The All Blacks set a "marker" with their convincing win over the Wallabies but they must keep improving if they want to retain the Bledisloe Cup, new coach Ian Foster said on Sunday.
The four-tries-to-one, 27-7 win in Auckland was much needed by New Zealand after they began the four-match series with a disappointing draw last week in Wellington, Foster's first game in charge.
But apart from the devastation wreaked by sensational rookie Caleb Clarke, it was not the performance Foster was looking for. The All Blacks were 10-7 up at the break before they turned on the style in the second period with three unanswered tries.
"That's the level we need to start at," Foster said.
"We've set a marker down of where we need to be as a team in terms of the mental side of the game and the approach to the physicality and speed of it.
"Was it a perfect performance, no it wasn't... We've just got to climb because it's a tough series. This is a better Wallabies team than I've seen for a while and they want to stay in the fight."
The All Blacks performance was a considerable improvement from their display in the 16-16 drawn first Test, while for the Wallabies it was a significant step backwards.
- 'Missed too many tackles' -
Wallabies coach Dave Rennie had a direct message for his squad about their high error rate, particularly missing 40 tackles.
"Selection can sometimes fix that," he warned. "We turned the ball over a lot and we missed too many tackles. The individual tackles were poor and we got put under the heat from it.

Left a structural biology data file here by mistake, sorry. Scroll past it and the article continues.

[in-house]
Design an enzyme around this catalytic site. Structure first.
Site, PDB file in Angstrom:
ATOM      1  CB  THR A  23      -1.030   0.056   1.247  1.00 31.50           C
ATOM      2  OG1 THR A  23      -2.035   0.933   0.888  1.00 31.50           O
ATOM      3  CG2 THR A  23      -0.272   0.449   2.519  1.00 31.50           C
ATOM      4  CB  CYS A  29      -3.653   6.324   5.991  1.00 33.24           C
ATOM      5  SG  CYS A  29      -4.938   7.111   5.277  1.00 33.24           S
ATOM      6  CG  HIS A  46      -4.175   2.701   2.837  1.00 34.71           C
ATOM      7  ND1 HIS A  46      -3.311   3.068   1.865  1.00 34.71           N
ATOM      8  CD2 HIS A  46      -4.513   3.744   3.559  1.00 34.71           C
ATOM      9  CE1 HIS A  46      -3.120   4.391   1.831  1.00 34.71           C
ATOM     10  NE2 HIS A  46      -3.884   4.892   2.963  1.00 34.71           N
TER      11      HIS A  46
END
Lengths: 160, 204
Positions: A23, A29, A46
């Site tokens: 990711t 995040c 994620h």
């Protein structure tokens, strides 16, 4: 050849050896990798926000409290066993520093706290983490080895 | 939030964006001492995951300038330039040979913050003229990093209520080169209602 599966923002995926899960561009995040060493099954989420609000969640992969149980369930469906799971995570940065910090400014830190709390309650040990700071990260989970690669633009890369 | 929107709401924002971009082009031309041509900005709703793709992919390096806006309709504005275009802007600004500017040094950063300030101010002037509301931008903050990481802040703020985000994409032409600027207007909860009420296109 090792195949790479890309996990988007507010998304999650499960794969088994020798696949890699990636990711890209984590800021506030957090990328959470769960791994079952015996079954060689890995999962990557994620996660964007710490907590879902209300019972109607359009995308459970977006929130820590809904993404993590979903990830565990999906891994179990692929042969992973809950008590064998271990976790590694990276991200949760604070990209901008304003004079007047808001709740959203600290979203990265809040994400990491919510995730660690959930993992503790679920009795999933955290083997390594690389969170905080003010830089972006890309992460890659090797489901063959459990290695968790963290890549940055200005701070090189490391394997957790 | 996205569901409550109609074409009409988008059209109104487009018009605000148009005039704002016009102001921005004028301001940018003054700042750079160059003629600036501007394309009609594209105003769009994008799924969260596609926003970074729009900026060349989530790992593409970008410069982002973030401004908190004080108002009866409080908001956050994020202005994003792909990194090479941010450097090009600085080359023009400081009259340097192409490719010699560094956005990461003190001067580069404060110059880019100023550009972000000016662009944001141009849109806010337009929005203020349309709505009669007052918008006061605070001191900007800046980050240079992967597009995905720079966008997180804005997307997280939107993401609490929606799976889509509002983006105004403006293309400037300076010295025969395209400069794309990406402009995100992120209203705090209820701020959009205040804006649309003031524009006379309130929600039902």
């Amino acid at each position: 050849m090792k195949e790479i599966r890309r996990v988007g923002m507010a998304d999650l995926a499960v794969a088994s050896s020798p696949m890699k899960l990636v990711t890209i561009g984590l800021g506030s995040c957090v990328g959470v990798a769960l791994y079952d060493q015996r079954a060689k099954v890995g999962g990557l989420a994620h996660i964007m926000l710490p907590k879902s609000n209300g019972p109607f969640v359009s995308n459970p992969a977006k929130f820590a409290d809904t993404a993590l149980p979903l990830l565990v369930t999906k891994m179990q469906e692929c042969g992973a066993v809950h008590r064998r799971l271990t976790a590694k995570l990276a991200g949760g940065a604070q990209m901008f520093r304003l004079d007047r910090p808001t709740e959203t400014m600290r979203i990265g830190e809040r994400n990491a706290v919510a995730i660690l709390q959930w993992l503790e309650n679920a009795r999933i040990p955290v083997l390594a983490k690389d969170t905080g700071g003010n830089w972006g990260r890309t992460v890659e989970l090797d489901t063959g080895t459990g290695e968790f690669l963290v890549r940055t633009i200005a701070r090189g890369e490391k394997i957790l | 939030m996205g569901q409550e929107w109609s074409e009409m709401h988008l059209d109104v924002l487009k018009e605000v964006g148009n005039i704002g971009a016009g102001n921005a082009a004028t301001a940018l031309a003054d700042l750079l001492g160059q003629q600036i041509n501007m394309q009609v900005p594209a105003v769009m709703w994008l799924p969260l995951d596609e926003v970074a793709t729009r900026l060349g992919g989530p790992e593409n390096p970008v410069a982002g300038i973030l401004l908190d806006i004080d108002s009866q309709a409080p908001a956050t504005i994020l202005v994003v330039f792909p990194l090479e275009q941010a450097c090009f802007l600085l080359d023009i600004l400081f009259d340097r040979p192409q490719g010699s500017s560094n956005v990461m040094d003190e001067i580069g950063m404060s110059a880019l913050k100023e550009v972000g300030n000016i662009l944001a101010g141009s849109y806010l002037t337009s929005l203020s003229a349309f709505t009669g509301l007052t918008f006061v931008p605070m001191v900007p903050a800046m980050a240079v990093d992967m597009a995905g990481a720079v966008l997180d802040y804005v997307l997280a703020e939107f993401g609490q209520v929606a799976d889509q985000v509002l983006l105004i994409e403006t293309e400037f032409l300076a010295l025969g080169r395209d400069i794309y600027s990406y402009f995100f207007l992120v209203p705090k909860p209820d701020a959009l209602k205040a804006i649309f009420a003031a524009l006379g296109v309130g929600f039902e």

"Right across the board we weren't as sharp as last week and gave them a lot of space and opportunity."
Much of the damage inflicted by the All Blacks came from 21-year-old Clarke, starting a Test for the first time after making his debut in 10-minute cameo off the bench last week.
His rampaging runs drew immediate comparisons with the great Jonah Lomu, rugby's first global superstar who retired in 2002 and died in 2015.
Although Clarke did not score himself, he set up a sensational try by Ardie Savea and was often instrumental in leading the All Blacks out of their danger zone and on to attack.
Clarke left the field to a standing ovation and Foster said he had delivered the level of performance he wanted from entire squad.
"He just wants the ball and wants to run hard and it's quite a good thing for us to give him the ball," Foster said.
"I think the whole team will be thrilled for him, to see him running around and doing what he loves doing and that's what we all need to be doing."
The final two games of the series will be played in Australia as part of the Tri-Nations, also involving Argentina. New Zealand have held the Bledisloe Cup since 2003.